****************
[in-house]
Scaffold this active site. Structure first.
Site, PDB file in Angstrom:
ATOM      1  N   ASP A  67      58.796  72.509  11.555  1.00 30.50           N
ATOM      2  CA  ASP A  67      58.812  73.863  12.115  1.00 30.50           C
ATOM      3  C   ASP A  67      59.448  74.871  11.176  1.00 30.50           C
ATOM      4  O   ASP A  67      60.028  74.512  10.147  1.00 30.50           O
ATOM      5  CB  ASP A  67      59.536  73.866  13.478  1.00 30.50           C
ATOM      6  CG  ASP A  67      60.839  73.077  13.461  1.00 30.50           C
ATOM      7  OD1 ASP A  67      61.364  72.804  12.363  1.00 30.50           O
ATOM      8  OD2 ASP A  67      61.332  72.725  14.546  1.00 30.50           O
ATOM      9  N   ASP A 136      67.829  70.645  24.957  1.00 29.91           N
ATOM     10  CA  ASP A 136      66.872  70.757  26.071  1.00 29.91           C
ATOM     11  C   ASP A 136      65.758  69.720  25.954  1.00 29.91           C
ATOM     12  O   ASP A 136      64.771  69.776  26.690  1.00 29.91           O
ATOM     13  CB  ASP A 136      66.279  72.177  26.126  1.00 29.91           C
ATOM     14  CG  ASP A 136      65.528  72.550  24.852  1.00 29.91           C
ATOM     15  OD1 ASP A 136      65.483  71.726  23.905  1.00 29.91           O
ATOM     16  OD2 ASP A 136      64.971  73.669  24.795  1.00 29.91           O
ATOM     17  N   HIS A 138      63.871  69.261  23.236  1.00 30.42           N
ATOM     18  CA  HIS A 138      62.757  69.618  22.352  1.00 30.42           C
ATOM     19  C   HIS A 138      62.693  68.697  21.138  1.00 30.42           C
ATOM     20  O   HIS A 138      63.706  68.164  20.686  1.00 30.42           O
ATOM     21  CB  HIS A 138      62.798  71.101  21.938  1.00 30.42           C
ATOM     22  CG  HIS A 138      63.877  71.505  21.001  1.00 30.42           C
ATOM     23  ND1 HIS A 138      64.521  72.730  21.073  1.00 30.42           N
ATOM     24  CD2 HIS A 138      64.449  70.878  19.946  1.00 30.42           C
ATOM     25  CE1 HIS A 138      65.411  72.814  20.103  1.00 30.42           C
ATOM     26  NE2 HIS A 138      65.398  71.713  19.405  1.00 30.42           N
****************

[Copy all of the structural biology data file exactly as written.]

[in-house]
Scaffold this active site. Structure first.
Site, PDB file in Angstrom:
ATOM      1  N   ASP A  67      58.796  72.509  11.555  1.00 30.50           N
ATOM      2  CA  ASP A  67      58.812  73.863  12.115  1.00 30.50           C
ATOM      3  C   ASP A  67      59.448  74.871  11.176  1.00 30.50           C
ATOM      4  O   ASP A  67      60.028  74.512  10.147  1.00 30.50           O
ATOM      5  CB  ASP A  67      59.536  73.866  13.478  1.00 30.50           C
ATOM      6  CG  ASP A  67      60.839  73.077  13.461  1.00 30.50           C
ATOM      7  OD1 ASP A  67      61.364  72.804  12.363  1.00 30.50           O
ATOM      8  OD2 ASP A  67      61.332  72.725  14.546  1.00 30.50           O
ATOM      9  N   ASP A 136      67.829  70.645  24.957  1.00 29.91           N
ATOM     10  CA  ASP A 136      66.872  70.757  26.071  1.00 29.91           C
ATOM     11  C   ASP A 136      65.758  69.720  25.954  1.00 29.91           C
ATOM     12  O   ASP A 136      64.771  69.776  26.690  1.00 29.91           O
ATOM     13  CB  ASP A 136      66.279  72.177  26.126  1.00 29.91           C
ATOM     14  CG  ASP A 136      65.528  72.550  24.852  1.00 29.91           C
ATOM     15  OD1 ASP A 136      65.483  71.726  23.905  1.00 29.91           O
ATOM     16  OD2 ASP A 136      64.971  73.669  24.795  1.00 29.91           O
ATOM     17  N   HIS A 138      63.871  69.261  23.236  1.00 30.42           N
ATOM     18  CA  HIS A 138      62.757  69.618  22.352  1.00 30.42           C
ATOM     19  C   HIS A 138      62.693  68.697  21.138  1.00 30.42           C
ATOM     20  O   HIS A 138      63.706  68.164  20.686  1.00 30.42           O
ATOM     21  CB  HIS A 138      62.798  71.101  21.938  1.00 30.42           C
ATOM     22  CG  HIS A 138      63.877  71.505  21.001  1.00 30.42           C
ATOM     23  ND1 HIS A 138      64.521  72.730  21.073  1.00 30.42           N
ATOM     24  CD2 HIS A 138      64.449  70.878  19.946  1.00 30.42           C
ATOM     25  CE1 HIS A 138      65.411  72.814  20.103  1.00 30.42           C
ATOM     26  NE2 HIS A 138      65.398  71.713  19.405  1.00 30.42           N